Last autumn, on 27 November, at a lunchtime concert at London’s Wigmore Hall, the renowned Takacs Quartet gave the UK Première of the American composer Daniel Kellogg‘s Soft Sleep Shall Contain You: A Meditation on Schubert’s Death and the Maiden. As that title suggests, the piece draws on material from Schubert’s quartet, specifically the theme used as the basis for the second movement.
It begins with great slowness, presenting a chromatic, descending idea that has a tendency to end in emphatic perfect fifths. It’s a plaintive opening, only gradually hinting at material from Death and the Maiden; Kellogg allows these initial dabs of sonic stuff to slide around like beads of mercury, occasionally meeting and momentarily coalescing into something recognisable—Schubert’s first chord, for example, materialises only to vanish away again immediately. Eventually, the quartet makes an overtly lyrical statement, which becomes the cue for a launch into denser material and more aggressive interplay. There’s a sense here of struggle, of grinding away at something mundane, prosaic, before another abrupt shift, now into a more rhythmically driving section. Skimming the surface, the contours of Schubert’s melody now become apparent, and later, the well-known chord sequence is heard loud and clear, while the music’s grip on tonality wavers disconcertingly. Kellogg moves still closer to his source material, putting it in the spotlight and dancing around it, the quartet moving into ever higher registers, becoming obsessed with an accented arpeggio idea. Whereupon all is hushed, and there’s a lovely encounter with material so beautifully light that it’s almost transfixed by its own translucence; it’s a magical episode, the quartet almost stepping outside the piece, seeming to possess only an oblique connection to what’s gone before (and, finally, delivering music that lives up to the sublime title). All the more strange, then, that it ushers in a chorale coda in which Schubert’s theme is stated most baldly of all; it’s strangely unsatisfying, as though Kellogg, having flirted with the material for this long, simply resigns his interest; not so much a recapitulation as simply a capitulation.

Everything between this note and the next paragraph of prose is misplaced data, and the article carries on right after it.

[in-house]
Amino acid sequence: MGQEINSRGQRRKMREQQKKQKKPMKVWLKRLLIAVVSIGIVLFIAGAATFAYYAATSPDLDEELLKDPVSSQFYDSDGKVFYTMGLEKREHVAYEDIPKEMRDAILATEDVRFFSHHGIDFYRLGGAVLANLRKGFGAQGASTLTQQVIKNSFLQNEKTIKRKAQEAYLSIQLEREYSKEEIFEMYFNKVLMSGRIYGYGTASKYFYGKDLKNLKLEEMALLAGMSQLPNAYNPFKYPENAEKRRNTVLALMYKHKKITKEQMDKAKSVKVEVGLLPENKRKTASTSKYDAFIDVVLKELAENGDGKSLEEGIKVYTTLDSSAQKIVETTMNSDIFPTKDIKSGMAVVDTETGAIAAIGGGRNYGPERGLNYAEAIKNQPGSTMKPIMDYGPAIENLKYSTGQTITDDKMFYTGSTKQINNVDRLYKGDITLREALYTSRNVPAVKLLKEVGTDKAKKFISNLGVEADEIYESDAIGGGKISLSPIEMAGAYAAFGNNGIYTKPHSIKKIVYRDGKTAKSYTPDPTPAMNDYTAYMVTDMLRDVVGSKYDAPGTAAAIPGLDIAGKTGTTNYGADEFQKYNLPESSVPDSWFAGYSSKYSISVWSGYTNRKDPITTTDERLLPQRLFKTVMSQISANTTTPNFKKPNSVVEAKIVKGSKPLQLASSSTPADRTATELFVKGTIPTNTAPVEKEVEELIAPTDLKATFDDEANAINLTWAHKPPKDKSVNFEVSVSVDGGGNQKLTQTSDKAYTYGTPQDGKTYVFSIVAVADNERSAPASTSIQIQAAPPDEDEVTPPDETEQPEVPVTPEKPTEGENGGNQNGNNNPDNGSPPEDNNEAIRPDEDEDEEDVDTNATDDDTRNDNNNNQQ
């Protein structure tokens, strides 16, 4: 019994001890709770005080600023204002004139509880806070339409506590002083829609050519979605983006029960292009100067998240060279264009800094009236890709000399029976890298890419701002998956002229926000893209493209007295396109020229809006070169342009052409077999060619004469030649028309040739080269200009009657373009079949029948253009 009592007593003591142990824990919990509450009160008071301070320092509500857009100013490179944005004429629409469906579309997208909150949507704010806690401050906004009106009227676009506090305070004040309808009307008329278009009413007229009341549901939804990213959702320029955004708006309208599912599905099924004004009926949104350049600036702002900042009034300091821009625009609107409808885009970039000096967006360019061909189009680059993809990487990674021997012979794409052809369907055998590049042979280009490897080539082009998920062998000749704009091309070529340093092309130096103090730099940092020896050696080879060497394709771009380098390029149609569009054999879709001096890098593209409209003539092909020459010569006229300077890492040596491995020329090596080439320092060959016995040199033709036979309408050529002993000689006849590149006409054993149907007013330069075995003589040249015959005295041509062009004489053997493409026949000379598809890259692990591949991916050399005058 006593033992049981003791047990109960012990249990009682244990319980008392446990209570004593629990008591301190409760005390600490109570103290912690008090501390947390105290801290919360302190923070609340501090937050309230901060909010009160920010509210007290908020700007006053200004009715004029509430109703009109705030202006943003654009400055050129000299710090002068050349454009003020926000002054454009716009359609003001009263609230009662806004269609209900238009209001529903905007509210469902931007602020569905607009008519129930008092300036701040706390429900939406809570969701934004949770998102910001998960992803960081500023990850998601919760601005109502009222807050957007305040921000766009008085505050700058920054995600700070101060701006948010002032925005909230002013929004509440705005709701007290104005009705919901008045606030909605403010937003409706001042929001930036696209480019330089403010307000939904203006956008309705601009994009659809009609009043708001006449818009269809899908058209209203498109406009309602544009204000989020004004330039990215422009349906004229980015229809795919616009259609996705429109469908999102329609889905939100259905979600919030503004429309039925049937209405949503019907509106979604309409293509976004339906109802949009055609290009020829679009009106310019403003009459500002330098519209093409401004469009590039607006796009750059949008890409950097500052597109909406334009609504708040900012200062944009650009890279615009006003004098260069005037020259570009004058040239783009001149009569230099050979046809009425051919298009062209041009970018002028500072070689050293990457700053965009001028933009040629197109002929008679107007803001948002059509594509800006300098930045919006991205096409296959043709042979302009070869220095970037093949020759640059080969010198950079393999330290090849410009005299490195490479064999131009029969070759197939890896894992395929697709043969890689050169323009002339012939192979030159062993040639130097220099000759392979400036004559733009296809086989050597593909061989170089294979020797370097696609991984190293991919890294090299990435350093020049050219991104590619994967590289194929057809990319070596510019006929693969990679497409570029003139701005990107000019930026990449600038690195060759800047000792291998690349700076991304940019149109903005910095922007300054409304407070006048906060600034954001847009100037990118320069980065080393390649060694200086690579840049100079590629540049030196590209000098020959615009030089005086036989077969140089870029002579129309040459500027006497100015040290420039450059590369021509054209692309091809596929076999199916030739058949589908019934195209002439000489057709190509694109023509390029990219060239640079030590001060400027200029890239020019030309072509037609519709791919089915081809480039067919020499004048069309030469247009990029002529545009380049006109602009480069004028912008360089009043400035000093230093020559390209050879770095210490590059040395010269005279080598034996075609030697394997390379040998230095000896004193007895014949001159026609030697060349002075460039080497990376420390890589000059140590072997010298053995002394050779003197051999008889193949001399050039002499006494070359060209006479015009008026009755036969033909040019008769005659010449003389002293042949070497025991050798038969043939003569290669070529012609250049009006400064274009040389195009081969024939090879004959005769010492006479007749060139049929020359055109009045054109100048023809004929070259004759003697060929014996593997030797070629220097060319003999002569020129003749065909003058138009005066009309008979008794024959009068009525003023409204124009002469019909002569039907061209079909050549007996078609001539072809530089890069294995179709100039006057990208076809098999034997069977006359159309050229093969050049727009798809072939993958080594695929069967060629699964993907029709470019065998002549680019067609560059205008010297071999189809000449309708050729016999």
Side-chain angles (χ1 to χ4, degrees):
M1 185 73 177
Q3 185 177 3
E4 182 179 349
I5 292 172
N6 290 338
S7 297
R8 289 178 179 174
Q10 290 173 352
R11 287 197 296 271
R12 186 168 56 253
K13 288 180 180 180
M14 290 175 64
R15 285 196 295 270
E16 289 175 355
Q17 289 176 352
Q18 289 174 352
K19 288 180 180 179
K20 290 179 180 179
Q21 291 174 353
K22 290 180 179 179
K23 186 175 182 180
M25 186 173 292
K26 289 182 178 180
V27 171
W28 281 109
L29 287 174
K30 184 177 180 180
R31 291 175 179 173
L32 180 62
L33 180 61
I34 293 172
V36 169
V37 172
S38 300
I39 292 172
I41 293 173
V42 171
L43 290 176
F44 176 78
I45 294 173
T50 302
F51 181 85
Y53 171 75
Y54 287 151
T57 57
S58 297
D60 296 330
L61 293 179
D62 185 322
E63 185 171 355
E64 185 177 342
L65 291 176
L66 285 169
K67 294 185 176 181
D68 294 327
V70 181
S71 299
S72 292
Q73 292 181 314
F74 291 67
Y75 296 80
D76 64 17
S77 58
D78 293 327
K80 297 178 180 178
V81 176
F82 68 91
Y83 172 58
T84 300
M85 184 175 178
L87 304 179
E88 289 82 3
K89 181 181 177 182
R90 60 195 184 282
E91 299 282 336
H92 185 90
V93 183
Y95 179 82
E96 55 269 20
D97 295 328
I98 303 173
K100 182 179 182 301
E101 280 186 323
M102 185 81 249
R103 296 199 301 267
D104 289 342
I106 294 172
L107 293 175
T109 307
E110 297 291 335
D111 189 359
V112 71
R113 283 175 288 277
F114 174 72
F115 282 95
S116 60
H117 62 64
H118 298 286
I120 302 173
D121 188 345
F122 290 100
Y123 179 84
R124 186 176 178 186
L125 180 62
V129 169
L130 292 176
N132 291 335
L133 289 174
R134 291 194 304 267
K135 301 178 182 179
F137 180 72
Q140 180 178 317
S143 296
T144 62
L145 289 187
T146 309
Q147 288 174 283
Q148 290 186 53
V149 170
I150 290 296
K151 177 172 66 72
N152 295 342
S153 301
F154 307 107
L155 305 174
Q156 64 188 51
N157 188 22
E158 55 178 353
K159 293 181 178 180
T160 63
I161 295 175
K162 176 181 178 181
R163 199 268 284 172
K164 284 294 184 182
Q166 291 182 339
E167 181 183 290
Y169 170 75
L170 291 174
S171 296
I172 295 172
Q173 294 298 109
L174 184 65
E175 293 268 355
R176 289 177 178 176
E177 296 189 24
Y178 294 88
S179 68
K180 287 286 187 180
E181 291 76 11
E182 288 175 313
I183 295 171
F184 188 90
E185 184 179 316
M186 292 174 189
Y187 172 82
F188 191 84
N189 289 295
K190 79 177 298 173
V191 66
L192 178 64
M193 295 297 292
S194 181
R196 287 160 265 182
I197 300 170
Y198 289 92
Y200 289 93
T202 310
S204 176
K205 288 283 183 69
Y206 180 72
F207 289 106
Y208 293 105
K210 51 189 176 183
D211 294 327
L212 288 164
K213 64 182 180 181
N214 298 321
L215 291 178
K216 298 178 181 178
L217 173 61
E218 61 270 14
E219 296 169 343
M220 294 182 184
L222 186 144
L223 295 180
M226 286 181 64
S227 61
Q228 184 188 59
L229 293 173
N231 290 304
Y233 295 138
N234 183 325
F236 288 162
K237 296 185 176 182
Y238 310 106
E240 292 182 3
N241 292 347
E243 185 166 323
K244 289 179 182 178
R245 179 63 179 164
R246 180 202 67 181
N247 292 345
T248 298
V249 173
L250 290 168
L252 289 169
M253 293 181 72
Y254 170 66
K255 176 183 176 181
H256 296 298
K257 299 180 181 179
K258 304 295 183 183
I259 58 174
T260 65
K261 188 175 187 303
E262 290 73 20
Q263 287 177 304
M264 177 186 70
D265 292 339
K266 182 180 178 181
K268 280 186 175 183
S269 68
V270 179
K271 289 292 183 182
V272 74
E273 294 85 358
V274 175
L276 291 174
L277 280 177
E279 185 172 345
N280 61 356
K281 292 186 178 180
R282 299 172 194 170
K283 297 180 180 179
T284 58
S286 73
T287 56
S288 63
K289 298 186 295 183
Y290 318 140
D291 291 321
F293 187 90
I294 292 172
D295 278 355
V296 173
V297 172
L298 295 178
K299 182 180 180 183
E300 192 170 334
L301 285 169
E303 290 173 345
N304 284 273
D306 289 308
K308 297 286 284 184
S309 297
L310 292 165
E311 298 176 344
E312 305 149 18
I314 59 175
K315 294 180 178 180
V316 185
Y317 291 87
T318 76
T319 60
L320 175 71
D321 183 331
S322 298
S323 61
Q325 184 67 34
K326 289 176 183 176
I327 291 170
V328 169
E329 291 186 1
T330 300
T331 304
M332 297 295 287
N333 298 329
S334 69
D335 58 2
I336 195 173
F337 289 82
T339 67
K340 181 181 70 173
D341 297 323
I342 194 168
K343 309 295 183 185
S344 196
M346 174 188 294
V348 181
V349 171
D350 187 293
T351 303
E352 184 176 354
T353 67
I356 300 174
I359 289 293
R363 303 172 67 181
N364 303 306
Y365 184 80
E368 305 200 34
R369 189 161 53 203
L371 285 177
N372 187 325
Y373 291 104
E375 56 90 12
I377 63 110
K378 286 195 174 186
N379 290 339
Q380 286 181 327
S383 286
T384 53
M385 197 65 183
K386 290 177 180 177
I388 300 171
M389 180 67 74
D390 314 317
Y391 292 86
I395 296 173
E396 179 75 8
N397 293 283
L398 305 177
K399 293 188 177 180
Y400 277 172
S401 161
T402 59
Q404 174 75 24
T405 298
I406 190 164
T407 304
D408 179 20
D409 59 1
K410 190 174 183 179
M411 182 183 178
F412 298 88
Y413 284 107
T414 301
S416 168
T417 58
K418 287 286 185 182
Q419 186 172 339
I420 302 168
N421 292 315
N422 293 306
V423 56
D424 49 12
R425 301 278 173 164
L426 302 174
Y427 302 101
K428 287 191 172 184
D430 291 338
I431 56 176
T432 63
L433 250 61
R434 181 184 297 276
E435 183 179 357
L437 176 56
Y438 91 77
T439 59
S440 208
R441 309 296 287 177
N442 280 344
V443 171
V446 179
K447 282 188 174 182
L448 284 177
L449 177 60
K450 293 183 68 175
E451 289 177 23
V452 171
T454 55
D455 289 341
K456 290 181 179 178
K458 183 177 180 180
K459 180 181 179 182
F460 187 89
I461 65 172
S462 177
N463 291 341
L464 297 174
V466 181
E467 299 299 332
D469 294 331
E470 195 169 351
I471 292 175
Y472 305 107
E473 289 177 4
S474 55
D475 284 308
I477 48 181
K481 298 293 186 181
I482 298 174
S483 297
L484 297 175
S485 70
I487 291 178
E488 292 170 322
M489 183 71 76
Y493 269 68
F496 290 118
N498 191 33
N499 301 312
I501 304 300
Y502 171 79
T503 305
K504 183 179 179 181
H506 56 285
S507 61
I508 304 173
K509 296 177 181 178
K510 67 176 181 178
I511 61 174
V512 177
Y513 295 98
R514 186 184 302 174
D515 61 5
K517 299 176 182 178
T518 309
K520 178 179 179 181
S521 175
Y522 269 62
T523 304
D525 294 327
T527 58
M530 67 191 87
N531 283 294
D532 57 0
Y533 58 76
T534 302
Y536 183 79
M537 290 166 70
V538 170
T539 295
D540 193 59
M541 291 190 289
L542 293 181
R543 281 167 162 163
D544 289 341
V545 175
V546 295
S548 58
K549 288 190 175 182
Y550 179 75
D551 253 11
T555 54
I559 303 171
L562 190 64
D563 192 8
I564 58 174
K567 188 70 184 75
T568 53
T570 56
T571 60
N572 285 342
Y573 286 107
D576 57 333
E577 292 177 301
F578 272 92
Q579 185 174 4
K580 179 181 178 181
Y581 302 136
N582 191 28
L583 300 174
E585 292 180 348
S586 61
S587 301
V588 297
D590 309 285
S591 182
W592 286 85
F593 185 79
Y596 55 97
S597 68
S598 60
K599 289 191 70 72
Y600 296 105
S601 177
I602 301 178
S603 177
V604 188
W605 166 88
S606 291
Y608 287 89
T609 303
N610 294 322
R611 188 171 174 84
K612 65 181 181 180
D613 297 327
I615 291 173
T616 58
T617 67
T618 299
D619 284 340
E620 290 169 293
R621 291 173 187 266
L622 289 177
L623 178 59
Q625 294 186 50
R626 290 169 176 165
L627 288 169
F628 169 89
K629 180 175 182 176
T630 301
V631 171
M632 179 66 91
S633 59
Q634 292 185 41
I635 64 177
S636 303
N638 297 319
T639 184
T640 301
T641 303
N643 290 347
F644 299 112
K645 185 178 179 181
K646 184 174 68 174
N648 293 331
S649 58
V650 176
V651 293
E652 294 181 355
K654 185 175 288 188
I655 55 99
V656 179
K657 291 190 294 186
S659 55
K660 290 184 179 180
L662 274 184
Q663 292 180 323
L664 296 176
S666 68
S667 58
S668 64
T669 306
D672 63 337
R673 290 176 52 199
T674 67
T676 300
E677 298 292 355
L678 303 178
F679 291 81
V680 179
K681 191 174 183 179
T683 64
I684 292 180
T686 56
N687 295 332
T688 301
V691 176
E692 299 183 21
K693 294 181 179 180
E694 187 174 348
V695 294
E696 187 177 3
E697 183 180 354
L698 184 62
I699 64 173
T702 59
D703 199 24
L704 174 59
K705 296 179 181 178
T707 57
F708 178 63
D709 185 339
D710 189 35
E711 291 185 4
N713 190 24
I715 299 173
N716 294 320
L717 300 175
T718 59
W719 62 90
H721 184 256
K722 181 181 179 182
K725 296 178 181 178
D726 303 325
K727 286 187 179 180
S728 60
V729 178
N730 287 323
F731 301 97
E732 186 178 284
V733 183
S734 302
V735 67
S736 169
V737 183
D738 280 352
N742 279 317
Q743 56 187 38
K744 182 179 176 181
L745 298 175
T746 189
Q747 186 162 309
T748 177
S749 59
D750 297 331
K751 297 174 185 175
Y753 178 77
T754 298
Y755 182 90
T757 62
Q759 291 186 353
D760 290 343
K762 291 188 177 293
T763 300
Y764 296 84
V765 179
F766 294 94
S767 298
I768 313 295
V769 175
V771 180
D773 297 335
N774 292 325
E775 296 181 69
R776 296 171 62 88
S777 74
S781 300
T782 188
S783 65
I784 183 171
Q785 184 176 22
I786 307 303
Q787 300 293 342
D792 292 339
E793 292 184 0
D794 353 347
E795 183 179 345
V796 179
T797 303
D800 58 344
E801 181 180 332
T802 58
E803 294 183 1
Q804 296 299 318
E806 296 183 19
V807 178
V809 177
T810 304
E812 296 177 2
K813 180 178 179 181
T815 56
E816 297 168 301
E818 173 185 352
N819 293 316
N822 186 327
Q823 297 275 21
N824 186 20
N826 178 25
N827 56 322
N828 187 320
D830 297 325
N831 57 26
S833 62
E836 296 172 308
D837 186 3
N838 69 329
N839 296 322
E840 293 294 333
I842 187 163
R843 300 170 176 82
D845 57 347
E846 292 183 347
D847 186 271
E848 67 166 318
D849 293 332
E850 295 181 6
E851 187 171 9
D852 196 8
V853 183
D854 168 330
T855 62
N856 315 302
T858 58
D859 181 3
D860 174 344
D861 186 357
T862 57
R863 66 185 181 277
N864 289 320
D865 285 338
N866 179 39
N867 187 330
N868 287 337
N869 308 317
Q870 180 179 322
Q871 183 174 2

Weird though this conclusion may be (and, having listened to the piece numerous times, it still feels weird), it doesn’t change the fact that Daniel Kellogg’s exploration of Schubert’s material is, if not exactly deep, thoroughly entertaining nonetheless. At only fifteen minutes’ duration, it also feels a touch slight; but there’s substance here despite the brevity, and it’s never hurried, packing a lot into a quarter of an hour.